We visit three different places and times in Derek Cianfrance's extraordinary---and extraordinarily sad---relationship drama. One of them is the unnamed Pennsylvania suburb that's home to a slackening hipster family: scruffy house painter Dean (Gosling); his medical-technician wife, Cindy (Williams); and their four-year-old daughter, Frankie (Wladyka). The second place, toggled to with a sharp sense of rhythm, is Brooklyn, a handful of years (and pounds) earlier. The two young adults are in happier, blurrier days, meeting cute, flirting on the street and rising, uncertainly, to the occasion of an unplanned pregnancy. The third place, a kind of purgatory, is a motel's space-themed "future" suite, like some cheap-ass version of Tron: Legacy, in which the older-aged characters lamely try to reconnect. They drink themselves into a stupor.
Blue Valentine has a quiet, resigned wisdom to it: the clear-eyed perspective of a love affair borne aloft by ukulele strumming and weighed down by the realities of money, jobs and disenchantment. It's truly a shame that, thanks to the NC-17 brouhaha, most people will be coming to it wondering how sweaty the sex scenes are. (They serve the story; let's leave it at that.) Something more worth shouting about: a magnificent performance by Ryan Gosling, spinning his boyish charm into a daringly unkempt chubby hubby turned insecure. Michelle Williams, in perfect sync, has the tougher role, the cryptically impatient mom internalizing her dissatisfaction. It's a quieter turn and less of a knockout, but both of them do some of the finest American interplay of the year, developed over months of improv. If you care about the integrity of independent cinema, you'll steel your heart and go.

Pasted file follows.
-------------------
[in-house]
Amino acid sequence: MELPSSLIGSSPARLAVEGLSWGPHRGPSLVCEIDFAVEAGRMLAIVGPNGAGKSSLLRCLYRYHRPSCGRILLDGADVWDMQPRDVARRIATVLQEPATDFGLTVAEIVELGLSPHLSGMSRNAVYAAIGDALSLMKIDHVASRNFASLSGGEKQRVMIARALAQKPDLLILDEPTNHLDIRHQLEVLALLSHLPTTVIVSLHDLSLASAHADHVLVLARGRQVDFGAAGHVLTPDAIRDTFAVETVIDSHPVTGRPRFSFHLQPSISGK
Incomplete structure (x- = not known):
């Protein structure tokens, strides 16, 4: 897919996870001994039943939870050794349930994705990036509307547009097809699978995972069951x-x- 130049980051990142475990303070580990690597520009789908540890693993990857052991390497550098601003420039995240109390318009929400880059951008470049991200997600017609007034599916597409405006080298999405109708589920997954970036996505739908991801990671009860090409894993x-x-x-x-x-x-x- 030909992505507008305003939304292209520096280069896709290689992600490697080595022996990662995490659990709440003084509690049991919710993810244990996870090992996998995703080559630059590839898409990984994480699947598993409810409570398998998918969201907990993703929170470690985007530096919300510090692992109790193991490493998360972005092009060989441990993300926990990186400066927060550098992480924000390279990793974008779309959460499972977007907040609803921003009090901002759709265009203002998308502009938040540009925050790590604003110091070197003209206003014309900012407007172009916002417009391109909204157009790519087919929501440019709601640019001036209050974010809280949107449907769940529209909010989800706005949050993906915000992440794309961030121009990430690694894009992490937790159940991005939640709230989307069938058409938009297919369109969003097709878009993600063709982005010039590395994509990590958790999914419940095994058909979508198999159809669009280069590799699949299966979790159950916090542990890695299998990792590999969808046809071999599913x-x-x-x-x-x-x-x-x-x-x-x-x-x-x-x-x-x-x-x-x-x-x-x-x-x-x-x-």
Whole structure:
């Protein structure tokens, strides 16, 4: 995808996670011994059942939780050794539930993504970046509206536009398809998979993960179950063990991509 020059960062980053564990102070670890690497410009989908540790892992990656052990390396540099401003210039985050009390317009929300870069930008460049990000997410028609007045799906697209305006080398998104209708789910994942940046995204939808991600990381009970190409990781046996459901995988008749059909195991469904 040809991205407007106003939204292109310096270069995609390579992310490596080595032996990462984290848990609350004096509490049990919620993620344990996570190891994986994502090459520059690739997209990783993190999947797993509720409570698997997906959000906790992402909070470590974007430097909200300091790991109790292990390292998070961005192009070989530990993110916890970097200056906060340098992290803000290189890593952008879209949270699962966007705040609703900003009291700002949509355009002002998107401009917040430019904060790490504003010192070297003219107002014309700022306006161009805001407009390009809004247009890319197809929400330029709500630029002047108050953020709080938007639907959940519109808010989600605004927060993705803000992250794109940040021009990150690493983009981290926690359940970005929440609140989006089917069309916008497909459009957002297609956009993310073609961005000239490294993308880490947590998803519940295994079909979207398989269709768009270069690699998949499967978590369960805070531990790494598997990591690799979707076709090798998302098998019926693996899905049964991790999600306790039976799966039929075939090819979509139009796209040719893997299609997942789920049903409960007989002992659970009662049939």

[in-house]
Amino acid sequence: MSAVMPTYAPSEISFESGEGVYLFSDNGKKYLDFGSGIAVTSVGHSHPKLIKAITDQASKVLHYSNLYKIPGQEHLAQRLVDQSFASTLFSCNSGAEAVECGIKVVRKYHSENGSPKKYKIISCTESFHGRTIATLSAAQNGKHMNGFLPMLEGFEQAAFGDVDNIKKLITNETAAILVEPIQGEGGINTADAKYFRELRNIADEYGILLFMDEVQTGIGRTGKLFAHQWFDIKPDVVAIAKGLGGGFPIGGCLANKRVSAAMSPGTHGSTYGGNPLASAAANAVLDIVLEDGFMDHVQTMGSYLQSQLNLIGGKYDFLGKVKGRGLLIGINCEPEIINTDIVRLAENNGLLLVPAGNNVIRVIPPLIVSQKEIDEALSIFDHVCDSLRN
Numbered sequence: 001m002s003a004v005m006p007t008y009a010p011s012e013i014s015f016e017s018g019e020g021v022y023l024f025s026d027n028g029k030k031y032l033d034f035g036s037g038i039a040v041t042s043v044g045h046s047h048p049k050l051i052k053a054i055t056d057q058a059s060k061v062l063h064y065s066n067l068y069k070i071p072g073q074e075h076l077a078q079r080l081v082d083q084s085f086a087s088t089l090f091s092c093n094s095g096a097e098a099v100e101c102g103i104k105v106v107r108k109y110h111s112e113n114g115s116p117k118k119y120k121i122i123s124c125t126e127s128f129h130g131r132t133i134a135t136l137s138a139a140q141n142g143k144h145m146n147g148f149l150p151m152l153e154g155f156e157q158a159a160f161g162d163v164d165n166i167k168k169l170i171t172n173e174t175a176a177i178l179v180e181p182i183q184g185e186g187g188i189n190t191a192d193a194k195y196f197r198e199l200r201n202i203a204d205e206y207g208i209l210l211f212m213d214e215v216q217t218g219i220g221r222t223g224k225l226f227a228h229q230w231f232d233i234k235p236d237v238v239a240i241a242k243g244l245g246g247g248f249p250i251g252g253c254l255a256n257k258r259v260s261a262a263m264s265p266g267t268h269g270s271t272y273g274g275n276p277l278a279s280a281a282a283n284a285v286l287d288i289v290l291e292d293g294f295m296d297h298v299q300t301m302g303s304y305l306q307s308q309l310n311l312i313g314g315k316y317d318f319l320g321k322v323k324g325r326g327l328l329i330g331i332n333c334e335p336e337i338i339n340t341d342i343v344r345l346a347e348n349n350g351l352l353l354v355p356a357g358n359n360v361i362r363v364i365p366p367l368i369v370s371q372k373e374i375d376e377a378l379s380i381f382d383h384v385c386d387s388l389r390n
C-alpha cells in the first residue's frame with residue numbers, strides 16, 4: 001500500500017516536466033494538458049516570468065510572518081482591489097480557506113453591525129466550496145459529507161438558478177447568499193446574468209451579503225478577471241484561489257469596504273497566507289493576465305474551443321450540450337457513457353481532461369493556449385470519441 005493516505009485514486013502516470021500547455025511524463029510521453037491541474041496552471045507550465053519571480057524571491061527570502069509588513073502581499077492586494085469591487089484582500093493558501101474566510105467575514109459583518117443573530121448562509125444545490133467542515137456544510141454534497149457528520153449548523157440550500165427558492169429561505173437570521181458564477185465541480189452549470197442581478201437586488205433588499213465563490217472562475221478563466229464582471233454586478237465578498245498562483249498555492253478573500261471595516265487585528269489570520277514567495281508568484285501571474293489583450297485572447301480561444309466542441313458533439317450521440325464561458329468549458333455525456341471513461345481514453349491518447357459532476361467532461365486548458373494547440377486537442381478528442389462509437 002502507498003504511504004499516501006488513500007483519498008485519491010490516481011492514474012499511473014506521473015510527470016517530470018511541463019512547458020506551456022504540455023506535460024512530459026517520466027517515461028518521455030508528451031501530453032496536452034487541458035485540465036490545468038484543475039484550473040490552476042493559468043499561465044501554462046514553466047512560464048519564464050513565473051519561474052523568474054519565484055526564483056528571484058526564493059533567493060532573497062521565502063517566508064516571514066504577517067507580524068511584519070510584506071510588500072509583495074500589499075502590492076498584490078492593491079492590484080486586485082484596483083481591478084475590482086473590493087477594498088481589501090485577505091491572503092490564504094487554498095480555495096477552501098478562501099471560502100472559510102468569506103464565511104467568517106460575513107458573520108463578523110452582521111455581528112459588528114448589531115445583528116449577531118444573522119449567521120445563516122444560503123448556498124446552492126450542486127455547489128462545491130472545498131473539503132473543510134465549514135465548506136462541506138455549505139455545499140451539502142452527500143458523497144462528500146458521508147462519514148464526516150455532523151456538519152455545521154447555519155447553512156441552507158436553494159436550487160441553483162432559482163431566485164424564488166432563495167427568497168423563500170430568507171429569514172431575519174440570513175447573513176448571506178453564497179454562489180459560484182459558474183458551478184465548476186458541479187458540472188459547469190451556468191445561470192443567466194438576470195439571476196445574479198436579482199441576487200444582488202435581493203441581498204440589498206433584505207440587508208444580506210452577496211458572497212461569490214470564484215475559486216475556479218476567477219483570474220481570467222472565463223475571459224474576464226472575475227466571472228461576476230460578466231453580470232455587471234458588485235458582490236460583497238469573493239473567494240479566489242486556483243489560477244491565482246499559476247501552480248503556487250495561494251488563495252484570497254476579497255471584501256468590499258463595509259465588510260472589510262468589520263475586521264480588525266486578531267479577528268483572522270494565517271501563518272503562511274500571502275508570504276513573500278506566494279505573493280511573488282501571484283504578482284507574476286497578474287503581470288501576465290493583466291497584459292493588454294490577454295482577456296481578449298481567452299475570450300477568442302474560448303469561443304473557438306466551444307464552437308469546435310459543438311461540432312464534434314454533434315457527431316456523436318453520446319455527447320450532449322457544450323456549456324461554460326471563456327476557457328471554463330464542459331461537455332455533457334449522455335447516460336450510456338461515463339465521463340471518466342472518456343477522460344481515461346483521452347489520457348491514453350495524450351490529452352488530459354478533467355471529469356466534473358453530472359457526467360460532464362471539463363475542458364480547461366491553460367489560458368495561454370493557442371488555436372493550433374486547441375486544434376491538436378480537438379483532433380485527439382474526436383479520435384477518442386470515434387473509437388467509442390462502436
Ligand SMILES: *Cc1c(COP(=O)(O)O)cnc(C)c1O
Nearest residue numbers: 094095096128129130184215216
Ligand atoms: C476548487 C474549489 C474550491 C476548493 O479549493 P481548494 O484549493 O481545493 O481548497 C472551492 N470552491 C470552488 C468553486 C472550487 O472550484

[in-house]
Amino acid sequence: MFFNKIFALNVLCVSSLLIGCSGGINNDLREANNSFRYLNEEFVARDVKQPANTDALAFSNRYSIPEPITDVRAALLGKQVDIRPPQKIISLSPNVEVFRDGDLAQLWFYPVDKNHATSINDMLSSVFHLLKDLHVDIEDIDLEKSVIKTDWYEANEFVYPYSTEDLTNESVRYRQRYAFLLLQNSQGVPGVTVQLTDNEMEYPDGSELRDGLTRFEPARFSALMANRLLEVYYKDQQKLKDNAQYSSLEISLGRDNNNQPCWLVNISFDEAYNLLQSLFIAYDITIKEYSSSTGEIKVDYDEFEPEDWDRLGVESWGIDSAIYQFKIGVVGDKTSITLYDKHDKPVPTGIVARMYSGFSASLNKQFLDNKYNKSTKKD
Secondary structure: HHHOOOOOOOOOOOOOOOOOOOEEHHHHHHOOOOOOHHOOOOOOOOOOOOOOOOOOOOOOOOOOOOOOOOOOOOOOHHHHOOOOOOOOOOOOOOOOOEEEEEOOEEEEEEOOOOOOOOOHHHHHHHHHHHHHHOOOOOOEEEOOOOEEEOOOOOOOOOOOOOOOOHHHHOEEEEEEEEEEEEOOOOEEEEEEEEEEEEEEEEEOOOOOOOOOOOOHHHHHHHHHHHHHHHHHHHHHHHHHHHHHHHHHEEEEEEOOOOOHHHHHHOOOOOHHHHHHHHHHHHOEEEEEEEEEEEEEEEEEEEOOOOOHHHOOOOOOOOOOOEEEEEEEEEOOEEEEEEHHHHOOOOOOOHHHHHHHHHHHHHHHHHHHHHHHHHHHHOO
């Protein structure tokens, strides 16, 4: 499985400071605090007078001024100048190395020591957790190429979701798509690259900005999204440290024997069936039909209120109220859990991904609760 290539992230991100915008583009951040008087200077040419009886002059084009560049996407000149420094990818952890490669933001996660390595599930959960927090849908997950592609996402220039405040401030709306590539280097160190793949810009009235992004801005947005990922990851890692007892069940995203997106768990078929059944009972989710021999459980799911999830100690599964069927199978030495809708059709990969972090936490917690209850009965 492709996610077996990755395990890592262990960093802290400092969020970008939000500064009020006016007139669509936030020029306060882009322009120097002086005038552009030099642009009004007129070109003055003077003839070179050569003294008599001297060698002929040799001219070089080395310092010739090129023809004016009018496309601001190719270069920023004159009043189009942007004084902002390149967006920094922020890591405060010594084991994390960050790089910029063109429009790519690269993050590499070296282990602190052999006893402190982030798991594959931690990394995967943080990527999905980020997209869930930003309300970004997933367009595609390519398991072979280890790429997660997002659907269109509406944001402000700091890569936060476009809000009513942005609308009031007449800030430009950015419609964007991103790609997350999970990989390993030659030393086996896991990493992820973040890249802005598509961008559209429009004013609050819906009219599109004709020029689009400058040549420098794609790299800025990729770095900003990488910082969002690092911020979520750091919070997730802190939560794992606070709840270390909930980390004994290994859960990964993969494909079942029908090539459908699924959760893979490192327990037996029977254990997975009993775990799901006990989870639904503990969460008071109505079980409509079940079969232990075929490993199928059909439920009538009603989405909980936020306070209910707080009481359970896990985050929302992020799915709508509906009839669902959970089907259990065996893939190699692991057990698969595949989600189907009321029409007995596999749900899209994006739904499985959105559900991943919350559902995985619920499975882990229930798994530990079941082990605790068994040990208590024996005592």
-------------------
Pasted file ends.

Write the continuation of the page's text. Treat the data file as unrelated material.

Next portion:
Watch the trailer
See also "Take five"